• Luminosity (or Value)
    How bright the colour is. If you add white to a pure colour, it gets brighter. The variations are often called ‘tints’. If you add black, the luminosity goes down. These variations are called shades.
    In colour psychology, high saturation (intense colour) usually has the same impact on our responses as low luminosity (dark colour).
  • Colour Combinations
    This is more complex, but designers often mix colours in one of four basic colour schemes:

    • Monochromatic – all the colours have the same hue, but different saturation and luminosity
    • Analogous – all the colours have similar hues (and often matching saturation and luminosity)
    • Complementary – the colours come from opposite positions on the colour wheel, giving maximum contrast (many of our Big Ideas title images use complementary colour schemes for maximum visual impact)
    • Triadic – three colours that are equally spaced on the colour wheel create harmonious combinations.

What do Different Colours Mean?

You’ll find a thousand articles and infographics with colour psychology that assign meanings to colours. Your best bet is to treat all of these with caution. In choosing colours, think about the associations you want to convey. Then see which colours convey them. Now look for the colour or colours that come up most. This table is illustrative of the many and draws on the work of Nick Kolenda*. It is not wrong, but I have deliberately limited the content, to compel you to research further.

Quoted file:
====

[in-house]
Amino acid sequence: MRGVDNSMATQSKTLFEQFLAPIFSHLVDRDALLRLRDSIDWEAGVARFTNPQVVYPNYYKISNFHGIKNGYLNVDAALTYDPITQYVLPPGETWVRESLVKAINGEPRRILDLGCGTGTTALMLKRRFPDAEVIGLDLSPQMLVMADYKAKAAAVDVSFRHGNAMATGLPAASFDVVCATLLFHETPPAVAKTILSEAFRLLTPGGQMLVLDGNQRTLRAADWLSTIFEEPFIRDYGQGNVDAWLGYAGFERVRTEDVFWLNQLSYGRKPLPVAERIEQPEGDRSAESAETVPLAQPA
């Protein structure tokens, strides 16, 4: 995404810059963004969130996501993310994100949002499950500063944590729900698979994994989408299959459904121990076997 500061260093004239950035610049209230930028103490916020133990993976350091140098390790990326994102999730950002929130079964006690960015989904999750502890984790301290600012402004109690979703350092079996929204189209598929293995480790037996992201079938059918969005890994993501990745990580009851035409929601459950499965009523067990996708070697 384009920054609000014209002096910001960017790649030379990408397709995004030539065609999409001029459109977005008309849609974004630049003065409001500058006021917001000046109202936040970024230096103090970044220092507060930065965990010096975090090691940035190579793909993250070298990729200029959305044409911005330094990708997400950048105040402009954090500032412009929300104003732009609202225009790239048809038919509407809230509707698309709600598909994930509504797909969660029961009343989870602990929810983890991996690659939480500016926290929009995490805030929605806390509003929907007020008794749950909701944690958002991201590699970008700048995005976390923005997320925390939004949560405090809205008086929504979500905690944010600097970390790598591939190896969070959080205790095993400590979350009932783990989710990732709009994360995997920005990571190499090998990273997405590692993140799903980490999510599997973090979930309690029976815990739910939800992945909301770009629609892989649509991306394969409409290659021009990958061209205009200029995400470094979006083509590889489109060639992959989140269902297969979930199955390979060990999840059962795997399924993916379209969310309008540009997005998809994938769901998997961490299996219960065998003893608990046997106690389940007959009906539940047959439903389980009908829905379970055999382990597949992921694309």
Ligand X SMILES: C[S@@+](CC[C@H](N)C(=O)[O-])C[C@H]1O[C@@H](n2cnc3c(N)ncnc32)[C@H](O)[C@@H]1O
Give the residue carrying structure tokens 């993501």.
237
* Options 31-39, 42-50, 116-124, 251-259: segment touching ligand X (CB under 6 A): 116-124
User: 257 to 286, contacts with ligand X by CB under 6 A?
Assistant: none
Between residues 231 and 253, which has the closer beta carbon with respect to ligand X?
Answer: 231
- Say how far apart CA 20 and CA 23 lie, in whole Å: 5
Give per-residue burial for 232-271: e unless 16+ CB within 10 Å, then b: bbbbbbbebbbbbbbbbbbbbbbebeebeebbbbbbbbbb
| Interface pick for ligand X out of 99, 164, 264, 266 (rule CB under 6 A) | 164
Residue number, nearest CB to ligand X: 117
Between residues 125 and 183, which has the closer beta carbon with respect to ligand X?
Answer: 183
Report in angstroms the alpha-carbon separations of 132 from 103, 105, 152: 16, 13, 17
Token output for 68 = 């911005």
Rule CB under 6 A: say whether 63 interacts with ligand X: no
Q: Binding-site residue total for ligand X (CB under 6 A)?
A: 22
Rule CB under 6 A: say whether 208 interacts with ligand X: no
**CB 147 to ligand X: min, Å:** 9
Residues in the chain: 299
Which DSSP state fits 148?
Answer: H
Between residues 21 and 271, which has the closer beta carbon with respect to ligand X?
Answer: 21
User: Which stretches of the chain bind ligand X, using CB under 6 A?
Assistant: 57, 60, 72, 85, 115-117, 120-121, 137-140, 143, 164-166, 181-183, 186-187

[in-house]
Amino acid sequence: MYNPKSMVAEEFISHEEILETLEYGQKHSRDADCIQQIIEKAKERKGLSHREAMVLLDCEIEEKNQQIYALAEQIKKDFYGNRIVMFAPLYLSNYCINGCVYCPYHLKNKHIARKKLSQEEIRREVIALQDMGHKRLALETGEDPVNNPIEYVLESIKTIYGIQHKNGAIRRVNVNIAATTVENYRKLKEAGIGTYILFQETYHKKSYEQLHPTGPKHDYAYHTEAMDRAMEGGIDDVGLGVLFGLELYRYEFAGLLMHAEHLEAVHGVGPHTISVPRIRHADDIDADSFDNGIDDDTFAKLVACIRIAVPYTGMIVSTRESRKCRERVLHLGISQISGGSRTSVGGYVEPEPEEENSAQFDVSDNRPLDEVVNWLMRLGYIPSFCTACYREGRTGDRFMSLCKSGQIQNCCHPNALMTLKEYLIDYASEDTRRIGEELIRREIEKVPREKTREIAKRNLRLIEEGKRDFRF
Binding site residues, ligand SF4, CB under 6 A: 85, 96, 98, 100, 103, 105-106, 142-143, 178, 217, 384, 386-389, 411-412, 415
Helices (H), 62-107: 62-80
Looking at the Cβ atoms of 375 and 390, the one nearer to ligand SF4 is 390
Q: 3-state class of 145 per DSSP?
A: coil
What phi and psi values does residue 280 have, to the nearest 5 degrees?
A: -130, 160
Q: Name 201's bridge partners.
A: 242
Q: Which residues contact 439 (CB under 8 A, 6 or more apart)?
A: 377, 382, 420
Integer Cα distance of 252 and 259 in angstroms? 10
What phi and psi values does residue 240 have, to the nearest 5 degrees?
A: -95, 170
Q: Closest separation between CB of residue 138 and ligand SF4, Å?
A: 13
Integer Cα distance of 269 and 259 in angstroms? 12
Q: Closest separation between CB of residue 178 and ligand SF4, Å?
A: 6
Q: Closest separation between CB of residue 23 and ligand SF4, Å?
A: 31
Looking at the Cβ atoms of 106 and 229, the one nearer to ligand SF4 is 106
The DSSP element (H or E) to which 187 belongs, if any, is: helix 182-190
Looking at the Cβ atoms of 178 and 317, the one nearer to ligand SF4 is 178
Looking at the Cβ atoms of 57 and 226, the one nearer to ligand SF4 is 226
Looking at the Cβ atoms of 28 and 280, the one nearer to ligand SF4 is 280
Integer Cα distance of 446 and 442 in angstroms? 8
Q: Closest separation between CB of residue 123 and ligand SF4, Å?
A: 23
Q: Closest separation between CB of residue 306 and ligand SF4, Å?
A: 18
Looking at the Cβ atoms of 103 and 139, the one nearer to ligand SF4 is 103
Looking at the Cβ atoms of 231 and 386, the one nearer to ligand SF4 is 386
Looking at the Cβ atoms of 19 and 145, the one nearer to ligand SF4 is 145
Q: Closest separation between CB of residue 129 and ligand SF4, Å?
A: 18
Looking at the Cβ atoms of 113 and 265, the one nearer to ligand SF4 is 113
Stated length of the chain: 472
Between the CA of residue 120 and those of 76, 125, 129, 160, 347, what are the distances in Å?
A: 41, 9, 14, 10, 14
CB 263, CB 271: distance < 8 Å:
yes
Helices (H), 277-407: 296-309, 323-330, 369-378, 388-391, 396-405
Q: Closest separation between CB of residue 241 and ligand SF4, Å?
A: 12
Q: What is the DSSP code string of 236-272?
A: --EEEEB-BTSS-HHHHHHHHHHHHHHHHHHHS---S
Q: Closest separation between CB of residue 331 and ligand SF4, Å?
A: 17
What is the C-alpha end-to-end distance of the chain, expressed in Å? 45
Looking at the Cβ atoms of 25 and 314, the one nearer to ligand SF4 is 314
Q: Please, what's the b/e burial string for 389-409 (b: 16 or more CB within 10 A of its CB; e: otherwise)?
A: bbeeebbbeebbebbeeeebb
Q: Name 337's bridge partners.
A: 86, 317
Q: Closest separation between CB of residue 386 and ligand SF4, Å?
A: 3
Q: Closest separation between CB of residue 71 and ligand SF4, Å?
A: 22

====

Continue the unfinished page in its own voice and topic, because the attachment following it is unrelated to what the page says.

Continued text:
• Red – energy, arousal, excitement, action
  • Yellow – excitement, emotion, attention, pleasure
  • Green – relaxation, nature, utility, likeability
  • Blue – authority, logic, quality, relaxation
  • Black – weighty, competent, utilitarian, elegant
  • White – calming, simple, pure, sophisticated

How to Read Colour Psychology

Start to notice brand colours and corporate logos. What mood do the colours convey?

Here’s the question that keeps me puzzling. I’ll take orange as an example. It’s often thought to convey creativity and warmth.

But now, after many years of sophisticated branding, do companies choose orange because of those associations? Or, do we read orange that way because of the associations with the companies that already use orange in their branding?

Chickens and eggs come to my mind!

What is Your experience of Colour Psychology?

We’d love to hear your experiences, ideas, and questions. Please leave them in the comments below.

* To learn more…

One person is better at anyone else at distilling a mass of academic research into easy-to-understand and helpful to apply marketing information. And that is Nick Kolenda. If you want to know more about this topic, skip right to his massive article, ‘Color Psychology’. Everything else I found on the web is either flaky in comparison, or (like this article) inspired by his article. Some, more blatantly than others. If you sign-up for Kolenda’s (excellent) newsletter, you’ll access loads of resources, including his colour psychology table which is the best I have seen anywhere.